for violating the following rules which
were promulgated some months since in
reference to granting pardons:
First—Satisfactory evidence will be reqte.r
ed that at least five days previous .notice of
the intended application fie the pardon was
given to the District Attorney of the city or
county in which the conviction took place.
Second--That at least ten days' previous
notice of the intended application be givtigi
in at least one newspaper, published in the
city or county in which the conviction took
These rules shjw- that Gov. Pollock
was desirous to furnish the community
with some safeguards, seine means of
knowing and resisting improper applica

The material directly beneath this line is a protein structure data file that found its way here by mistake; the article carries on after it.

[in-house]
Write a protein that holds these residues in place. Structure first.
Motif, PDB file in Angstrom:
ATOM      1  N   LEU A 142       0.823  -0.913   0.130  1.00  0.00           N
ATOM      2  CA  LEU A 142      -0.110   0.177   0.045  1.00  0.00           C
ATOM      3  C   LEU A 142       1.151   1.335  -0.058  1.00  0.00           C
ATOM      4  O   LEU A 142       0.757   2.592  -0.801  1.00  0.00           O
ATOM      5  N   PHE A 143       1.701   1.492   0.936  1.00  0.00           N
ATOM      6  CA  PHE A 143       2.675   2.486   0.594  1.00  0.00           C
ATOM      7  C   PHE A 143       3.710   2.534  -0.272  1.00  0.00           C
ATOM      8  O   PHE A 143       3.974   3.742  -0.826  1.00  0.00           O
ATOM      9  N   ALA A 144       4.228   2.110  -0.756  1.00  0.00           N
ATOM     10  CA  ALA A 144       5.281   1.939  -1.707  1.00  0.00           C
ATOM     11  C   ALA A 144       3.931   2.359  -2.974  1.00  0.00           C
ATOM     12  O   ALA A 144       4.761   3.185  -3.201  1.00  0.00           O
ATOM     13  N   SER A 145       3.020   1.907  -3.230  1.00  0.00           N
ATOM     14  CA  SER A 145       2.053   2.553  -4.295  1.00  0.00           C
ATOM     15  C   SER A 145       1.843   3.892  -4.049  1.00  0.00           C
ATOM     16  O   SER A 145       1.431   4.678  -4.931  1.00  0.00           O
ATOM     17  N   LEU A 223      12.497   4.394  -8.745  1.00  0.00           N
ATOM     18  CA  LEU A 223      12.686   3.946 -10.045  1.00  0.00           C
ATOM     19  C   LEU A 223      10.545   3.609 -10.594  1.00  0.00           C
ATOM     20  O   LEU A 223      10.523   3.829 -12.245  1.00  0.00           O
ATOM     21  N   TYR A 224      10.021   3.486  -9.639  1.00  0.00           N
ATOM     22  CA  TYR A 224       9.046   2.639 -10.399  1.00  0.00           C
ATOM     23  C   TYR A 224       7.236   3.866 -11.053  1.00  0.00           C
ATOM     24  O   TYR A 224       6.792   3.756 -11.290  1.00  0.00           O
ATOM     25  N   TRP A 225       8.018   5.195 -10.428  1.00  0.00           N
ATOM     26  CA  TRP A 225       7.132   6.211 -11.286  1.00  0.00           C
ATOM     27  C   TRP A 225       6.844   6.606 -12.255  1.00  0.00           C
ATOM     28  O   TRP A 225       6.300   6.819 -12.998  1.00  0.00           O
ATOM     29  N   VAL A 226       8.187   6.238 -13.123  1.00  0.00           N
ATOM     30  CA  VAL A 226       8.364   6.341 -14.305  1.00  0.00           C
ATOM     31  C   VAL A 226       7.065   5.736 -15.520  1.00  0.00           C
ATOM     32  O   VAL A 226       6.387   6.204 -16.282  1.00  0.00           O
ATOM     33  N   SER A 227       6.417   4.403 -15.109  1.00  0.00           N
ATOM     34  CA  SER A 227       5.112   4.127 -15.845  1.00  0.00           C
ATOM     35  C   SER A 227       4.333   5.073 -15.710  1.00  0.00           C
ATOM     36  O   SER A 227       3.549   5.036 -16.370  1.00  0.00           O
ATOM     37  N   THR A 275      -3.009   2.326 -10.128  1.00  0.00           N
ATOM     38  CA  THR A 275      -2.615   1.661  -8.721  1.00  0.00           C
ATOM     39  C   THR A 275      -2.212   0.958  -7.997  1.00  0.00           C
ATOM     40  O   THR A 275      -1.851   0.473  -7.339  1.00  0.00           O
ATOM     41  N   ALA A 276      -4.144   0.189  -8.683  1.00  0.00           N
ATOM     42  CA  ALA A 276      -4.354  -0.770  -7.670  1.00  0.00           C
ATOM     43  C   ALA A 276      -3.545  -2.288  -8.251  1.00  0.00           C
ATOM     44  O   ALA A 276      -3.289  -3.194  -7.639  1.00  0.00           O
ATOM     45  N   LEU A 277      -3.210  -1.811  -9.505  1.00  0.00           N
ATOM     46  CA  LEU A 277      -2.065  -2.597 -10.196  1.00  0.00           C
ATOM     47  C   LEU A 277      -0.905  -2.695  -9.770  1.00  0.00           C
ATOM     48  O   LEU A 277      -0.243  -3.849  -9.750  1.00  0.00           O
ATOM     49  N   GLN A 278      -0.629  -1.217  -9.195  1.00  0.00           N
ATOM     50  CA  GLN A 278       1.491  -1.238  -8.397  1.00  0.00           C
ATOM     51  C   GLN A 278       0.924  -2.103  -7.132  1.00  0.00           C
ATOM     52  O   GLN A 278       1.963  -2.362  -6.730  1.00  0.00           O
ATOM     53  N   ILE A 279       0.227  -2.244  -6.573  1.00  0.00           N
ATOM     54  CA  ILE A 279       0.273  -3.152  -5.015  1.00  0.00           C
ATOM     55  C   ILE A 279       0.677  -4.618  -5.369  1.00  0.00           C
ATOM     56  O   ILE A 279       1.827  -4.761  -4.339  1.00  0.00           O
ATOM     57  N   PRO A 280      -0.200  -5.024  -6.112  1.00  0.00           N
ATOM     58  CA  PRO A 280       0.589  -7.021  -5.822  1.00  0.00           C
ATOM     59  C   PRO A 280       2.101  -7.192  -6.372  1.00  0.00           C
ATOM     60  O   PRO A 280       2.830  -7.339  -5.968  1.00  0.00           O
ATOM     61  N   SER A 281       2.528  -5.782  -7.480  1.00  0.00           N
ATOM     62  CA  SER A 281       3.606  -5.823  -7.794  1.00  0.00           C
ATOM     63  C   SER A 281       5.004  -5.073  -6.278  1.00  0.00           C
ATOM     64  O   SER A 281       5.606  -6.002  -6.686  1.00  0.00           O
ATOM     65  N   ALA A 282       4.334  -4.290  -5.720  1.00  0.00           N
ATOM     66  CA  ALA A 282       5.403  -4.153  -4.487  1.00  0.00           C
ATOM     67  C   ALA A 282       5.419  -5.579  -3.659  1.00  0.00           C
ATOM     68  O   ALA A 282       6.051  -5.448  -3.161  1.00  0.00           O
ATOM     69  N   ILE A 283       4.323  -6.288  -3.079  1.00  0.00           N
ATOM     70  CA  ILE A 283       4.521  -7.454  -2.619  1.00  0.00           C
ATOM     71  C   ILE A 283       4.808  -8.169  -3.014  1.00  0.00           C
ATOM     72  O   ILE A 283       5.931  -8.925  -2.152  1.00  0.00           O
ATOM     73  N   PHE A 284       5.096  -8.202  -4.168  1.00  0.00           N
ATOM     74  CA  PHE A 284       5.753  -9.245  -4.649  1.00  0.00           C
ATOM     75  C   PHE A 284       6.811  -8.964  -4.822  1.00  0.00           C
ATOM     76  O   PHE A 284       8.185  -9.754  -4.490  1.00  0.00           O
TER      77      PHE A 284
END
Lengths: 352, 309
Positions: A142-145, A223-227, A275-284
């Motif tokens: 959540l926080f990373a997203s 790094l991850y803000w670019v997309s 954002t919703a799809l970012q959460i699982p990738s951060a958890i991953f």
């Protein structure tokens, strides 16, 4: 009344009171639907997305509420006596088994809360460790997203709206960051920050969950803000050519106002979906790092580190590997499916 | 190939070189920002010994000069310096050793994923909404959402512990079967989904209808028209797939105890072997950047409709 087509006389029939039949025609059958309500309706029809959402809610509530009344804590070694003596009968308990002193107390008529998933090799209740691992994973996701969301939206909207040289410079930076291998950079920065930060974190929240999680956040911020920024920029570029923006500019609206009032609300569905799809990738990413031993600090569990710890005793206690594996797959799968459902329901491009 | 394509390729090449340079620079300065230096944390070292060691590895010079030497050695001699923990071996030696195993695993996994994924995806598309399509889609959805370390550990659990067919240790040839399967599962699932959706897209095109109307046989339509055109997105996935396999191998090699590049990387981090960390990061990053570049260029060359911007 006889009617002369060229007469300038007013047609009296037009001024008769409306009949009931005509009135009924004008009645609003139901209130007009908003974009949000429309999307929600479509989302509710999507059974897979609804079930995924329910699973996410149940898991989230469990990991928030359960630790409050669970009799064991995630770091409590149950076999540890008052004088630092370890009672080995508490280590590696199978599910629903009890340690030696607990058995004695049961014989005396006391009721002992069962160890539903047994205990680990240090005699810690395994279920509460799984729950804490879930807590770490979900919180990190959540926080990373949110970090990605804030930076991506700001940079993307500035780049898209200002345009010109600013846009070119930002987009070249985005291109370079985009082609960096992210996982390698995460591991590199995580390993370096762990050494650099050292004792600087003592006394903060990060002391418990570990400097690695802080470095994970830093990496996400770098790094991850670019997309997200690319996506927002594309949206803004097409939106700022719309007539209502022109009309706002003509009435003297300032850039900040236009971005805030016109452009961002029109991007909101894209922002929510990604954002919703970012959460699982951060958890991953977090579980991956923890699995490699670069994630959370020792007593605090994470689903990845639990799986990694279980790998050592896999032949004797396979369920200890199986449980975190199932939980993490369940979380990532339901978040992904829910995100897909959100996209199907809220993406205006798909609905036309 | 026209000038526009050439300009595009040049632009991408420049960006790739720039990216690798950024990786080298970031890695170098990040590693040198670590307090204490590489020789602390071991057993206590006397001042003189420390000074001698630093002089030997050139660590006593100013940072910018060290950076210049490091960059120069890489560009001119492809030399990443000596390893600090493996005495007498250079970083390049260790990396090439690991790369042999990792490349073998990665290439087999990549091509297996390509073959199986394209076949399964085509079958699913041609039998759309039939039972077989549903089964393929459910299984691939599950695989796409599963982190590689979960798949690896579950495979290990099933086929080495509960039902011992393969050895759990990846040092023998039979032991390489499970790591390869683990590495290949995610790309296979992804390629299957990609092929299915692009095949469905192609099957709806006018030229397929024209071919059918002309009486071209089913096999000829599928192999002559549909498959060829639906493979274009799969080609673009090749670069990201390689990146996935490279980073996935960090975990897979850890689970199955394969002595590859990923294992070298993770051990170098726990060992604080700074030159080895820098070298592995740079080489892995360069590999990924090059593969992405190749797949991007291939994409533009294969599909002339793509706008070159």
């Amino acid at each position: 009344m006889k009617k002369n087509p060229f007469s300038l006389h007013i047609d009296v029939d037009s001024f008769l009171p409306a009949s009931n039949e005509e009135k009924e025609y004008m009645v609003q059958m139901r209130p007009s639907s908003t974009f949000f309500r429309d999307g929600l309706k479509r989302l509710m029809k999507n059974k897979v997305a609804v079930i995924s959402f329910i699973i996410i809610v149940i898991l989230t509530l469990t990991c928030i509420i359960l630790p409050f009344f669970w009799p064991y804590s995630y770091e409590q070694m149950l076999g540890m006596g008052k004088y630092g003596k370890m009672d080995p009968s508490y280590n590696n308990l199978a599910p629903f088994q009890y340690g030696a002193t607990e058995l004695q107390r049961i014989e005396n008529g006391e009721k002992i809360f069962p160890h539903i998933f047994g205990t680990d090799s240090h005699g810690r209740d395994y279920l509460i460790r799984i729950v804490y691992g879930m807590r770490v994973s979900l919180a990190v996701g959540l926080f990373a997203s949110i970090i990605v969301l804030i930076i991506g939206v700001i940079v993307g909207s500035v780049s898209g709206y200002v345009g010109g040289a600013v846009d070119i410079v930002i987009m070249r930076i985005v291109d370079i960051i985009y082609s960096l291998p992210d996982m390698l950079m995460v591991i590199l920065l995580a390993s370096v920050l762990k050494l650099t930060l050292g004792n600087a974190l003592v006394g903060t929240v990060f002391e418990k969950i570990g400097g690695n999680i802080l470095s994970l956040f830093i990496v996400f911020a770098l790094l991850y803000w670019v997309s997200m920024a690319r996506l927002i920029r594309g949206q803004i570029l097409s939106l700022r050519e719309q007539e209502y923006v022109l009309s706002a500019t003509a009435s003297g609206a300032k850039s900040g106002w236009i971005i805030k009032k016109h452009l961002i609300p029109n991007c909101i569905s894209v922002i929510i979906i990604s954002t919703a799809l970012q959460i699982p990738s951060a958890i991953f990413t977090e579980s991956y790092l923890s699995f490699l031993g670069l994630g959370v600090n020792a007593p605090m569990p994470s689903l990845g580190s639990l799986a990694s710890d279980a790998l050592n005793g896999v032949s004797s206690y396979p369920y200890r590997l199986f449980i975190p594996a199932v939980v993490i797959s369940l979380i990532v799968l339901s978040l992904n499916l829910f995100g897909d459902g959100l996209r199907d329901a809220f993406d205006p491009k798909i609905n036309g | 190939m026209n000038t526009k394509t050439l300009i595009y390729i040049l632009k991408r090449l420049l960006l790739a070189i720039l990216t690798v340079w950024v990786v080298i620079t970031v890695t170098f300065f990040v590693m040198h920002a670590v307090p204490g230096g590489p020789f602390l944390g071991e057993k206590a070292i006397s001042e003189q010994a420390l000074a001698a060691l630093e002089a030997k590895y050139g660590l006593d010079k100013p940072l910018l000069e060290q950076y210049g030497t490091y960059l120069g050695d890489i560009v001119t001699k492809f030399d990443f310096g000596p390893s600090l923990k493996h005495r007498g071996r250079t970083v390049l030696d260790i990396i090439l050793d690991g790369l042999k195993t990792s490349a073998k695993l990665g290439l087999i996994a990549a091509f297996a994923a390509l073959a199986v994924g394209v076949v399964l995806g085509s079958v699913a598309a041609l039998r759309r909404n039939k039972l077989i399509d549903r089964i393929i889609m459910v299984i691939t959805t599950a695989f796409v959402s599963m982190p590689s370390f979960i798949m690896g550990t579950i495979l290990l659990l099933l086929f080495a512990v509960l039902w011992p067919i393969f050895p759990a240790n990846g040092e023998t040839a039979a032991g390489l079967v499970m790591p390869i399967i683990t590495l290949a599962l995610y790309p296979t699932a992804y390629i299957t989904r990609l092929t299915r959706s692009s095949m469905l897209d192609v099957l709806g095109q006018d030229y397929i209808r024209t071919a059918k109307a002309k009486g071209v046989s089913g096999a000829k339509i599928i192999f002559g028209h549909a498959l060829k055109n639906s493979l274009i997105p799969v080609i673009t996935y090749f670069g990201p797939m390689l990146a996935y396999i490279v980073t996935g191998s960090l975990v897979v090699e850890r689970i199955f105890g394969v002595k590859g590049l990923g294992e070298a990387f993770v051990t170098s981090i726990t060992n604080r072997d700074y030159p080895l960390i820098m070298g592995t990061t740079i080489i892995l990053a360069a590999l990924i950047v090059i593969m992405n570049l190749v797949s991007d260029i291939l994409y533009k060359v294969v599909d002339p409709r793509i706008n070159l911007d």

tions for pardons. These rules have not
been violated, as far as we can learn, in
any case of importance The Volunteer
asserts that they were violated in a recent
case in Huntingdon county, where it ap
pears live respectable citizens were in
dicted and convicted for forcibly break
ing up a 10w, 4 nalicensfq (1 !pinking dog
,gery—a nu4nice which the good of the
neighborhood required to be abated.
Their act was a meritorious one although l
illegally committed, and their fellow citi
zens therefore united with one voice to
S3CUIT the executive interposition against
their punishment. One of the above
rules, in respect to advertising, was in
this case suspended, owing to the pecu
liar circumstances, and the Governor
granted the pardon. But the District
Attorney did not need a notice from the
fact that he joined in the petition fur a
pardon. So ills() did the Associate
judges, (one of them a democrat) seven
of the jurors who had tried the defend